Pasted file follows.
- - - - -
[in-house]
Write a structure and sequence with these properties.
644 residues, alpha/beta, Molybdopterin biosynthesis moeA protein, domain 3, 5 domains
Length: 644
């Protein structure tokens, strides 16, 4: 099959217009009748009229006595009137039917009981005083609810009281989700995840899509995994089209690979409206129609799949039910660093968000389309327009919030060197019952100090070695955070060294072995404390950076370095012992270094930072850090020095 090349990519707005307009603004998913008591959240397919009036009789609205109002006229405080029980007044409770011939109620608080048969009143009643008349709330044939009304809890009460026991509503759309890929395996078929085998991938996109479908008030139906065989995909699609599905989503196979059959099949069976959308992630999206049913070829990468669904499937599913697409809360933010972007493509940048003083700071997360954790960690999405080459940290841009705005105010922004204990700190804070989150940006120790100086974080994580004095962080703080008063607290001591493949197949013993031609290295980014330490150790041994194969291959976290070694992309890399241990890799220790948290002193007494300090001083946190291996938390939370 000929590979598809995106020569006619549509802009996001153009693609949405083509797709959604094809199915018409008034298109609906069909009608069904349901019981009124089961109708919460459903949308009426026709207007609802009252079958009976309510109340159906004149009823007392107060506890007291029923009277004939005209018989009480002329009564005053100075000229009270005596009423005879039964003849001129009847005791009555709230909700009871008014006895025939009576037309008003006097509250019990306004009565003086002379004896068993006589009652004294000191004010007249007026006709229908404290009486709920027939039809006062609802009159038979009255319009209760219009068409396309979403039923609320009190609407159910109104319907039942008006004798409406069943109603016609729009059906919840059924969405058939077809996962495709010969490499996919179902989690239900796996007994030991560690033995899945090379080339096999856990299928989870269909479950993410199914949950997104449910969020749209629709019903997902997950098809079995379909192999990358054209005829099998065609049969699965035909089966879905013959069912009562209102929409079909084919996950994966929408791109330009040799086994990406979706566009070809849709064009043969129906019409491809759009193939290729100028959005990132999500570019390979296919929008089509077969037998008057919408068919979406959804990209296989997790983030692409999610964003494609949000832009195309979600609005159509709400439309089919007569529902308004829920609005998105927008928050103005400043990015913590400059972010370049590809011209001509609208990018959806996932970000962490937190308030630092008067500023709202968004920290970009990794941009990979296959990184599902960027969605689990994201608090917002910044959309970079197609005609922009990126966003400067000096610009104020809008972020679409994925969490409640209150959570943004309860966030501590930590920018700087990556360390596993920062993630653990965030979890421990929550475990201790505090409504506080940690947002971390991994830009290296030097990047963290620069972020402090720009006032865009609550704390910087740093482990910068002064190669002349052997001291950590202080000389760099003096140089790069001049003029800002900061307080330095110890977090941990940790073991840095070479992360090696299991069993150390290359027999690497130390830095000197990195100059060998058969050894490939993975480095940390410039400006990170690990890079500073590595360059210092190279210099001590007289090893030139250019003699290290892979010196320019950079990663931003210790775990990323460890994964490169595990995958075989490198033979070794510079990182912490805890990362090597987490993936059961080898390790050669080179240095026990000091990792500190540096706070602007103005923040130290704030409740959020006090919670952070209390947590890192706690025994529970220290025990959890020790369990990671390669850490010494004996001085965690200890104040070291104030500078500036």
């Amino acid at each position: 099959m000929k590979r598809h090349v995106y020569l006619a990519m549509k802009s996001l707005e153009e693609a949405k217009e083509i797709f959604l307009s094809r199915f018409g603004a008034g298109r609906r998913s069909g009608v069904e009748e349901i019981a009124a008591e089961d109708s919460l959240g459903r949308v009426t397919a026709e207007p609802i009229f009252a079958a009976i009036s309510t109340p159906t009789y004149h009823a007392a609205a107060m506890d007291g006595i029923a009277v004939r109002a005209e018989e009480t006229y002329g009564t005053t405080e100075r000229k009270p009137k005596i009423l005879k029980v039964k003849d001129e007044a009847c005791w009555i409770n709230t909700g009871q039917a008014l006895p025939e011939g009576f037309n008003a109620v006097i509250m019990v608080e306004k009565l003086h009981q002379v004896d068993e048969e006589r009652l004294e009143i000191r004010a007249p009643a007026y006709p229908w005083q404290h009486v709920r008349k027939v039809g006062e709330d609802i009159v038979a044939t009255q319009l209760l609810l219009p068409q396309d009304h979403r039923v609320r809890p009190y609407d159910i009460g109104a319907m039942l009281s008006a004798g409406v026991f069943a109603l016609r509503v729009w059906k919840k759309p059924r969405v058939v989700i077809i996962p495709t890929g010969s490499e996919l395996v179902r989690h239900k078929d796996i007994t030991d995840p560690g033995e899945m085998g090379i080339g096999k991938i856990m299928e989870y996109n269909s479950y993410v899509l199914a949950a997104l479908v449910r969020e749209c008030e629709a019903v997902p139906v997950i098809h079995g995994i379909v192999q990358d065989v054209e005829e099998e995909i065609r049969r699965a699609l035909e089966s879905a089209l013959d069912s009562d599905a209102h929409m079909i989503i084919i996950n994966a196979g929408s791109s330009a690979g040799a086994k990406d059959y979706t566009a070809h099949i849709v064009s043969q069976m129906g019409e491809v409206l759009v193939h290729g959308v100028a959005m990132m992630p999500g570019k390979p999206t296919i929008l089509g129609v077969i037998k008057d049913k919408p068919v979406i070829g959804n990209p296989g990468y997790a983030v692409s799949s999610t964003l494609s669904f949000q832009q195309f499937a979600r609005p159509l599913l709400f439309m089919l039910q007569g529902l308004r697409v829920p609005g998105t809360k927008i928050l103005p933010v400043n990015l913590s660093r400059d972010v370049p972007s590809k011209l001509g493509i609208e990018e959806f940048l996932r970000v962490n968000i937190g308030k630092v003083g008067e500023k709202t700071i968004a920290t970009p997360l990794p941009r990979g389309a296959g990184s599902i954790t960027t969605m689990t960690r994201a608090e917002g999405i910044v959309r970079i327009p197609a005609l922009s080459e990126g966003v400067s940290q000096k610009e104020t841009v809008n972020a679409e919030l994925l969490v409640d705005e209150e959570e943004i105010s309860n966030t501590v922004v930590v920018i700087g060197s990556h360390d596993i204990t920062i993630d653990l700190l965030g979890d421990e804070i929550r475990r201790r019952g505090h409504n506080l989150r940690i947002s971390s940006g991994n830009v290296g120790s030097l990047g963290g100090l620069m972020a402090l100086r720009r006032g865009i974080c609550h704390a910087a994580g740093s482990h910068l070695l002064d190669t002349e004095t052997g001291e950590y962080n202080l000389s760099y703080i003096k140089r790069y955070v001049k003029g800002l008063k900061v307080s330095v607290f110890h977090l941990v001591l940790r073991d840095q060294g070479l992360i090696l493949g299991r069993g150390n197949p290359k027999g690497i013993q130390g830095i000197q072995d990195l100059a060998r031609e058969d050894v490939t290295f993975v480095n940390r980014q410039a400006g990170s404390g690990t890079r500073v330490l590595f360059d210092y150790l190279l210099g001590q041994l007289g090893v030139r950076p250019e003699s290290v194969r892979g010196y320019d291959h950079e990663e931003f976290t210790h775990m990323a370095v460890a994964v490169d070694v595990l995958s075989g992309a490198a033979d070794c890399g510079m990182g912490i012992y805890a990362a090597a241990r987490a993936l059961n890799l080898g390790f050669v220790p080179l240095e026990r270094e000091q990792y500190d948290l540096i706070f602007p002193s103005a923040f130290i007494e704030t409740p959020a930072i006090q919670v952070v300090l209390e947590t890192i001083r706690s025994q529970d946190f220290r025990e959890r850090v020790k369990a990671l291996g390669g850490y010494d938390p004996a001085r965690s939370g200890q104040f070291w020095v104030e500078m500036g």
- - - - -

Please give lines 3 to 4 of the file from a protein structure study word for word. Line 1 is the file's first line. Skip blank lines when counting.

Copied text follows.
644 residues, alpha/beta, Molybdopterin biosynthesis moeA protein, domain 3, 5 domains
Length: 644